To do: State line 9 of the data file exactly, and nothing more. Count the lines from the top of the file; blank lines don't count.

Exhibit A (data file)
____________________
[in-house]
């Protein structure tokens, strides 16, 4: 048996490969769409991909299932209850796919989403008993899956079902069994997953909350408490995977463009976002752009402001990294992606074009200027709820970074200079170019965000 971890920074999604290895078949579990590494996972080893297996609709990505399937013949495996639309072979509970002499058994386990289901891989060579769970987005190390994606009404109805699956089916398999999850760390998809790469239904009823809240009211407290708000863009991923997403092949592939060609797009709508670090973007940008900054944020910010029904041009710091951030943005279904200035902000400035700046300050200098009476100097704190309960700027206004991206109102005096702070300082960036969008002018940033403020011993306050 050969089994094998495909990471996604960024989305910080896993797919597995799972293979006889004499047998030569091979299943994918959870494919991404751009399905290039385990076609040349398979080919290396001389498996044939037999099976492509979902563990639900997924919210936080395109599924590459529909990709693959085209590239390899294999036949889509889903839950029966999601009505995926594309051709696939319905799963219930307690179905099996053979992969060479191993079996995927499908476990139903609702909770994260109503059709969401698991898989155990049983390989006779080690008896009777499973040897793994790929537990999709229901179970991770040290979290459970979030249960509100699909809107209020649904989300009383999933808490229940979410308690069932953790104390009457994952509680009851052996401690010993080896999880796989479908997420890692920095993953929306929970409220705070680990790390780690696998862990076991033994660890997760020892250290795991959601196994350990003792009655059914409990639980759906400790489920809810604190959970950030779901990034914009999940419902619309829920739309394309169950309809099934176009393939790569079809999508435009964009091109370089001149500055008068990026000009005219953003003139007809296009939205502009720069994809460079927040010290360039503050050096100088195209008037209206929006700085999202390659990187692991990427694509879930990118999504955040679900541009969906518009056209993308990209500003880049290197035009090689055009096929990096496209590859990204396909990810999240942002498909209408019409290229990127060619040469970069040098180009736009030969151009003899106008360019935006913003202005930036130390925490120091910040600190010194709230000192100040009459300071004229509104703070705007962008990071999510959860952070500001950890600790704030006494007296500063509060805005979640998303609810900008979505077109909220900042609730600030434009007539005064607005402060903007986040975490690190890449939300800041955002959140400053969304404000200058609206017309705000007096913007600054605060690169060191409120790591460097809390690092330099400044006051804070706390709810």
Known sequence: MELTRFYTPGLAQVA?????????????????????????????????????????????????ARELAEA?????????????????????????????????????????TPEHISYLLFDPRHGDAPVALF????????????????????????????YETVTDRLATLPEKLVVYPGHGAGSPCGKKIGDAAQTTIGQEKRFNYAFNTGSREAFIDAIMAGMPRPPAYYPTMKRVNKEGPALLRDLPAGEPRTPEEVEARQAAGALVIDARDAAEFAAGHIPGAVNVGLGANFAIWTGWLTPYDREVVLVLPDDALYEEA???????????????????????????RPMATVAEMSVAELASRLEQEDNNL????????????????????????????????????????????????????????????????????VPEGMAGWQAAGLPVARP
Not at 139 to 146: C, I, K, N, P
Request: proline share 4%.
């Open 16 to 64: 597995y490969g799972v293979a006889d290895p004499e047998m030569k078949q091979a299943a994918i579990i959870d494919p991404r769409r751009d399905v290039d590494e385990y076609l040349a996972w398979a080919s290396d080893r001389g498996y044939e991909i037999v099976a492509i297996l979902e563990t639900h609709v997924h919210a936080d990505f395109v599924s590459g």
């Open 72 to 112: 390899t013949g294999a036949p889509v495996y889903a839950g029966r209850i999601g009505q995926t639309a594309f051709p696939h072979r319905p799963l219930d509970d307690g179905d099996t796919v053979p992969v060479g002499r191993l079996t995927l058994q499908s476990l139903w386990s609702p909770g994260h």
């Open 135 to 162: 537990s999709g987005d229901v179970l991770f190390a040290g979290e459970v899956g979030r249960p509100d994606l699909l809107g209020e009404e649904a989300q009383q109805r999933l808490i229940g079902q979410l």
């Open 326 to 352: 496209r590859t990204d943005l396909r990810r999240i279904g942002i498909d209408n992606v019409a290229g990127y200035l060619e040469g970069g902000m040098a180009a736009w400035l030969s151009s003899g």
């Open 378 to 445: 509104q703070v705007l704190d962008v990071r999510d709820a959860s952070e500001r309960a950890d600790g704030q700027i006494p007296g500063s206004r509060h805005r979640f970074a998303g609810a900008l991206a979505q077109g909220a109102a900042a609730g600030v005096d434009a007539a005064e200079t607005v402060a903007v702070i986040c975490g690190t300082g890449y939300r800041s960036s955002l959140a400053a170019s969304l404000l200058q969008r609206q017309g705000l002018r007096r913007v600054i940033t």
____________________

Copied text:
């Open 326 to 352: 496209r590859t990204d943005l396909r990810r999240i279904g942002i498909d209408n992606v019409a290229g990127y200035l060619e040469g970069g902000m040098a180009a736009w400035l030969s151009s003899g």